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Senate Democrats Kill Bill That Mandated Protections Against Foreclosures

By Josh Cohen February 11, 2010

Big banks in Washington got a little protection yesterday when South Seattle Sen. Adam Kline's (D-37) foreclosure bill died in the Senate Ways and Means committee.

As we reported in Morning Fizz, the bill passed in the voice vote, but when it came time for the yeas to sign on (the critical part of a bill's passage out of committee) several democrats backed out. Here's an update: The actual 'No' votes were Redmond Sen. Rodney Tom (D-48), Snohomish Sen. Steve Hobbs (D-44), and Seattle Sen. Ed Murray (D-43). (The bill ended up three votes shy of making it out of committee. No Republicans supported moving the bill to the Senate floor for a vote.) Tacoma Sen. Debbie Regala (D-27) signed as "pass without recommendation" which is essentially a neutral vote since it does not move a bill out of committee. Regala tells PubliCola simply: "I didn't feel the bill had enough merit for me to support it."

The bill would have given homeowners some protections from foreclosure—a plus in Washington where, according to a study by the Center for Responsible Lending, foreclosure proceedings began for 30,000 people last year with another 130,000 expected over the next three years. The bill would haverequired a mandatory good-faith mediation between lenders and borrowers to evaluate the possibility of modifying the loan. The modification would help homeowners pay their mortgage and keep their homes. According to Beverly Spears, Director of the Statewide Poverty Action Network, the bill was a win-win for banks and borrowers since people could get a second chance on their homes and lenders could get paid. Spears is disappointed by the outcome of the committee meeting.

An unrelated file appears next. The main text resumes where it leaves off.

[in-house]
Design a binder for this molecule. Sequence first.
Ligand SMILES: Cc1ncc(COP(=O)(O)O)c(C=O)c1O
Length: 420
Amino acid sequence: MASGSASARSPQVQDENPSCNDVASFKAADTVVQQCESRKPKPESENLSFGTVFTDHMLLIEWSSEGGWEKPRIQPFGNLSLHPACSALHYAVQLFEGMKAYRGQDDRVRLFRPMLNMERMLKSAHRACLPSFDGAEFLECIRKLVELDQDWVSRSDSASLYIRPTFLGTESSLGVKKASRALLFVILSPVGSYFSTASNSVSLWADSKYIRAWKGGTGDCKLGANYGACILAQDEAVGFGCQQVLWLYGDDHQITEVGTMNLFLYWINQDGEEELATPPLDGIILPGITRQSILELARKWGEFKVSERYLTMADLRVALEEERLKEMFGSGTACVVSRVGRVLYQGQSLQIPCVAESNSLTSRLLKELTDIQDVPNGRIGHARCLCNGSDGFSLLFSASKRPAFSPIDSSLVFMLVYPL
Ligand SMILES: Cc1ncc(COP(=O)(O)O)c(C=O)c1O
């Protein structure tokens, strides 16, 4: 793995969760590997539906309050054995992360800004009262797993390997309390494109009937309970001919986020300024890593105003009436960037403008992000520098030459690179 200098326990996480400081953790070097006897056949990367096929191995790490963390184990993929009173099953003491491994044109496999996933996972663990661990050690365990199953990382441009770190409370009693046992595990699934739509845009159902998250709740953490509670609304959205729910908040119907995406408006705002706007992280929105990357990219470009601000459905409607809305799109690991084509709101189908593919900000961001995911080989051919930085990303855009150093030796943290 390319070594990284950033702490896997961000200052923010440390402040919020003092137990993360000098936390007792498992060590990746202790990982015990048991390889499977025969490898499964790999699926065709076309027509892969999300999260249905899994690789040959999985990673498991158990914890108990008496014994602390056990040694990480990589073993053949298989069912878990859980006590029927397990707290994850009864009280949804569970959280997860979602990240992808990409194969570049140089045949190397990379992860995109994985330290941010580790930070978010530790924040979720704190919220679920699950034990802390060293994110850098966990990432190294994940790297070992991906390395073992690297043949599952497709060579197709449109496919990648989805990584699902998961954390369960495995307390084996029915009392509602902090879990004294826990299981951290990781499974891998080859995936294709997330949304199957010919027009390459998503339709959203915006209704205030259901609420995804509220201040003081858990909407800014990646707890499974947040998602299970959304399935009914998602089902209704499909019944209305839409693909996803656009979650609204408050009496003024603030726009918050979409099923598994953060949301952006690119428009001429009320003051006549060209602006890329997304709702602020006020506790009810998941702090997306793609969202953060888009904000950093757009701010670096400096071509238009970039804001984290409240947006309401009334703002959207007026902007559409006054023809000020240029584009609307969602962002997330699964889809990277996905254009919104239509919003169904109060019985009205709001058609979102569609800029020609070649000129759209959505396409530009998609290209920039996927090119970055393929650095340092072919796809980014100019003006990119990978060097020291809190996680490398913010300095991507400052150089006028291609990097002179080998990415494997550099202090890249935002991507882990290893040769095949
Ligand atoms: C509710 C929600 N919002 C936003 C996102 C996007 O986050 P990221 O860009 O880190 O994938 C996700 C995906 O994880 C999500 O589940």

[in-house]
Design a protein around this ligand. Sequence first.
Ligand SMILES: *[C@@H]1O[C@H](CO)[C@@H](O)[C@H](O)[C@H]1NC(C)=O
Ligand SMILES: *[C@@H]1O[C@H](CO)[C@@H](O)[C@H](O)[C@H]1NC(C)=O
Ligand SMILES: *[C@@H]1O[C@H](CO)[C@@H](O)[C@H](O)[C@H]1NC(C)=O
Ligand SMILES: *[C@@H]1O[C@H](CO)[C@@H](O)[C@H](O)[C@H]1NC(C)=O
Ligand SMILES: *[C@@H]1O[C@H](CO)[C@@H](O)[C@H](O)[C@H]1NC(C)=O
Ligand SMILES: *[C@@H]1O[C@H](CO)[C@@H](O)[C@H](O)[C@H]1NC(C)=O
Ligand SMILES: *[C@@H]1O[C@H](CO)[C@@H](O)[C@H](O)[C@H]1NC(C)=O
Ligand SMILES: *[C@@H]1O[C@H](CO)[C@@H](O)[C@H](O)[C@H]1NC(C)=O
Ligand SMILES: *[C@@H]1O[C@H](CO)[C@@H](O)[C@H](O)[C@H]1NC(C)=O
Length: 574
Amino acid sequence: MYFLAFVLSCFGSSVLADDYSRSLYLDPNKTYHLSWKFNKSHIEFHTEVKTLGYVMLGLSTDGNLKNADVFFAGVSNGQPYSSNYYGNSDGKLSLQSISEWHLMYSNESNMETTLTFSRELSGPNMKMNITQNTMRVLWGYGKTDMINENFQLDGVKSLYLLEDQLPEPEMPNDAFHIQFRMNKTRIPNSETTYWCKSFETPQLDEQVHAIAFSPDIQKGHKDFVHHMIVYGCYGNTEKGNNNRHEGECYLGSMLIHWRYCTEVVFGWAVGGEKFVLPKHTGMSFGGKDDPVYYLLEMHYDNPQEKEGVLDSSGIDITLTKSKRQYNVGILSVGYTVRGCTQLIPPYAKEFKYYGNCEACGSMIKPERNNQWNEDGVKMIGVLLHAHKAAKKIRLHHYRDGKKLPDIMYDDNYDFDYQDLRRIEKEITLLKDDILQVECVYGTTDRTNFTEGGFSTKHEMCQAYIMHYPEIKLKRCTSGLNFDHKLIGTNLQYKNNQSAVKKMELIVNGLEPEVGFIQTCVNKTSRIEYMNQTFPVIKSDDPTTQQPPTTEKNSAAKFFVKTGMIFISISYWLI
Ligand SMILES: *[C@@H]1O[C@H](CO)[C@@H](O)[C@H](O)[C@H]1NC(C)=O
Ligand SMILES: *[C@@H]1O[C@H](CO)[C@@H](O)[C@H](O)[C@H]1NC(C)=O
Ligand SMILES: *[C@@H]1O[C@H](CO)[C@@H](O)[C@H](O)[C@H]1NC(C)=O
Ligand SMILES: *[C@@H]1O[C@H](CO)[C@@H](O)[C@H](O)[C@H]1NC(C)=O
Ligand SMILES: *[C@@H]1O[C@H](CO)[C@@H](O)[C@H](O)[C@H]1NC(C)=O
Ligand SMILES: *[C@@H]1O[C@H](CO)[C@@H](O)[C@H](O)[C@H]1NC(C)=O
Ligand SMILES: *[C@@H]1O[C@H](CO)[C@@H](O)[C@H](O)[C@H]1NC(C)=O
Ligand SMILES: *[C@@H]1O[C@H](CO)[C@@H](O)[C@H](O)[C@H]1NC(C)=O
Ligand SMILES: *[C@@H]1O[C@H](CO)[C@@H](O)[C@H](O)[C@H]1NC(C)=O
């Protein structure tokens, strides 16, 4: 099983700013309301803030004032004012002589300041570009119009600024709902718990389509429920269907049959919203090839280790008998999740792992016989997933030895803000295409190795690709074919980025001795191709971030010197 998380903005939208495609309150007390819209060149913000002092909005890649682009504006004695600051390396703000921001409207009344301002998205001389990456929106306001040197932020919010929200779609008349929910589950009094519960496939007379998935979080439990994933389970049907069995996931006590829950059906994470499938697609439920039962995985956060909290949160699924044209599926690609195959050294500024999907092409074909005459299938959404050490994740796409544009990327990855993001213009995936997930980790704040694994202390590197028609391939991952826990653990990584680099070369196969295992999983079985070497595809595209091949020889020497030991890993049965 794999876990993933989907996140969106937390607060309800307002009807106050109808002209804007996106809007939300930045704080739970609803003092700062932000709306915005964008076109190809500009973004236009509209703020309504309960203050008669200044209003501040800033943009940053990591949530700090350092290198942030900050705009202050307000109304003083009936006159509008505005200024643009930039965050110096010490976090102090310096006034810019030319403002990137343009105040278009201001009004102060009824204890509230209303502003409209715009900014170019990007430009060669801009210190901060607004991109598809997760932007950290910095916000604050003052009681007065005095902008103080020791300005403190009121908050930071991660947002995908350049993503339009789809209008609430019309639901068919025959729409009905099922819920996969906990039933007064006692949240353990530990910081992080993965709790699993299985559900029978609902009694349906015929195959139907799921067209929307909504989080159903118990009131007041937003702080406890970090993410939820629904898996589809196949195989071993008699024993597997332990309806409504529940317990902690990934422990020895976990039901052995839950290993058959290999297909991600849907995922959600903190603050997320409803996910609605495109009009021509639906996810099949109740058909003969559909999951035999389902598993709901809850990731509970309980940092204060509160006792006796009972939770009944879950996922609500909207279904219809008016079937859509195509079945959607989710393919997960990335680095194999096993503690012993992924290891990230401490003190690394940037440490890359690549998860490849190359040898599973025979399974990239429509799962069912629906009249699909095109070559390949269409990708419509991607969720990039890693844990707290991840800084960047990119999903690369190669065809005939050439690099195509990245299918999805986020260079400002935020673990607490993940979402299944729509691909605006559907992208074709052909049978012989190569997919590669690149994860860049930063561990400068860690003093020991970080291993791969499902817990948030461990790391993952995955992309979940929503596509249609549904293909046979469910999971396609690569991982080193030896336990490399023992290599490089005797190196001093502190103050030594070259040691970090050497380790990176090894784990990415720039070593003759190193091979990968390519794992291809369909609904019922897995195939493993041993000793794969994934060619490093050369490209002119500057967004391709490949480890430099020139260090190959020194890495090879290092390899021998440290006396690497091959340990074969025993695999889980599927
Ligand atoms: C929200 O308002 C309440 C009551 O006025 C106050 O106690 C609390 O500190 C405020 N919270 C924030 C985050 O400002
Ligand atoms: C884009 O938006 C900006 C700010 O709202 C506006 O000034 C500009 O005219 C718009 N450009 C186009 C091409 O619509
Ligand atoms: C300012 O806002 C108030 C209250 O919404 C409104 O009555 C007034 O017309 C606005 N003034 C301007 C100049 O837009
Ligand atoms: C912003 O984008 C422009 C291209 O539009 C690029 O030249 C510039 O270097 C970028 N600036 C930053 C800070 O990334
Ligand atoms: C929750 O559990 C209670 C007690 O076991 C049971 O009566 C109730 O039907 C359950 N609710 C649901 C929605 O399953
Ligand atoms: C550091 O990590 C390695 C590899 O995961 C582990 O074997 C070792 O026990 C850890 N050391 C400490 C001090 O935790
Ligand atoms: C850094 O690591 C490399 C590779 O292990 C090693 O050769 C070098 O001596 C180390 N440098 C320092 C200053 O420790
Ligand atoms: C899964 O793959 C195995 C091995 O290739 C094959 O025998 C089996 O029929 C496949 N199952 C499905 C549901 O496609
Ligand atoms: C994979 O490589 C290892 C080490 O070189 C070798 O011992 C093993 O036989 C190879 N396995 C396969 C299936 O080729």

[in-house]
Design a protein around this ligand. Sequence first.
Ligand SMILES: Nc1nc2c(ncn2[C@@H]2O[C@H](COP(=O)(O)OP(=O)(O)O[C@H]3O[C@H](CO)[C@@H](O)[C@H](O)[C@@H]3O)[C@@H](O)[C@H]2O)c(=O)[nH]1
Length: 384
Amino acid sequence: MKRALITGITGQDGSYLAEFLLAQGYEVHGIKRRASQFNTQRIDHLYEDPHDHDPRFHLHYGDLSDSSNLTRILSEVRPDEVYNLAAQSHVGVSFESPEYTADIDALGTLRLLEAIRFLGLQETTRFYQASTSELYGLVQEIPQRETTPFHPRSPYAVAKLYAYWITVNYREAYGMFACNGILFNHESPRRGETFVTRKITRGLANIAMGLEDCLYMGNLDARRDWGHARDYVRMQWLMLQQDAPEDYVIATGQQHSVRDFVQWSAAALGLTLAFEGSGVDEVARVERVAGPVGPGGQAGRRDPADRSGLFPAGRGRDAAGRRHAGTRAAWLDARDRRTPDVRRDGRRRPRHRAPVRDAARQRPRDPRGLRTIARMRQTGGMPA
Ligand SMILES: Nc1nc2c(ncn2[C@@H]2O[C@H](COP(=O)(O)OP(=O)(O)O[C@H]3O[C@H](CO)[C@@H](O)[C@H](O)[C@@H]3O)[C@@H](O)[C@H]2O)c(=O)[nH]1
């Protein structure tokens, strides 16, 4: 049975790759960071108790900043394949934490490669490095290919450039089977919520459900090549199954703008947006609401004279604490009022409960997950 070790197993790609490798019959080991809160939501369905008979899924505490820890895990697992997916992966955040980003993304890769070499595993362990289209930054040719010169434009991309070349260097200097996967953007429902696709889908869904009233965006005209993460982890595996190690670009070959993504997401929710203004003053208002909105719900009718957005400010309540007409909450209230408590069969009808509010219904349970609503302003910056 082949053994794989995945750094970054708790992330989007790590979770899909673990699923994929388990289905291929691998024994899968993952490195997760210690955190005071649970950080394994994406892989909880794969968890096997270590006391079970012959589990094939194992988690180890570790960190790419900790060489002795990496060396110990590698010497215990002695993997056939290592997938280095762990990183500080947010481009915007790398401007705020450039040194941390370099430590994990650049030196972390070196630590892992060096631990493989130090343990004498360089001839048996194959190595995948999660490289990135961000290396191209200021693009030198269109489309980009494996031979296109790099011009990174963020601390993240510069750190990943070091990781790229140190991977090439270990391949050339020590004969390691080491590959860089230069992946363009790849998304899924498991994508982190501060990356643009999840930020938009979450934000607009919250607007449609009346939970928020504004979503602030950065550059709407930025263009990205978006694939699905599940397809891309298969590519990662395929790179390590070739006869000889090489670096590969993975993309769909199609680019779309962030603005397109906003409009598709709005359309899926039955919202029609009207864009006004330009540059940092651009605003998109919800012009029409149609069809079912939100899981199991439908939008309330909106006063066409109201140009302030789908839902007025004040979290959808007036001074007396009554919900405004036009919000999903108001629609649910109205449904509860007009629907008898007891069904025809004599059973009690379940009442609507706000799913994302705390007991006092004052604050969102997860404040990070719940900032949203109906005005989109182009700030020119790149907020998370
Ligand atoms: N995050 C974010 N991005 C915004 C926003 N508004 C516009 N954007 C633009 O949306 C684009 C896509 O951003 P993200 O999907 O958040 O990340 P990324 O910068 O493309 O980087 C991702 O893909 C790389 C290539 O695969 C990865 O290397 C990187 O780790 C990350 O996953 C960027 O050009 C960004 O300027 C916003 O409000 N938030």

"That Democrats would be defending the banks is just unconscionable to us," said Spears. "It was taxpayers who bailed out the banks when they were in trouble. All we were asking was a good faith effort on the part of lenders to see if they would meet with the folks and modify their loans to keep them in their homes."

The bill was amended in Ways and Means to exempt small lenders and credit unions leaving only big banks on the hook for the good-faith mediation and renegotiation.

I have calls into Seatte Sen. Murray. (Tom had been a 'No' vote all along, according to Spears.) Sen. Kline wouldn't comment on his colleague's votes saying simply he was glad we were doing the story and felt the bill would have prevented unnecessary foreclosures.

As we reported yesterday, a separate bill mandating protections against foreclosure—preventing banks from foreclosing on temporarily unemployed people—was gutted in the House.
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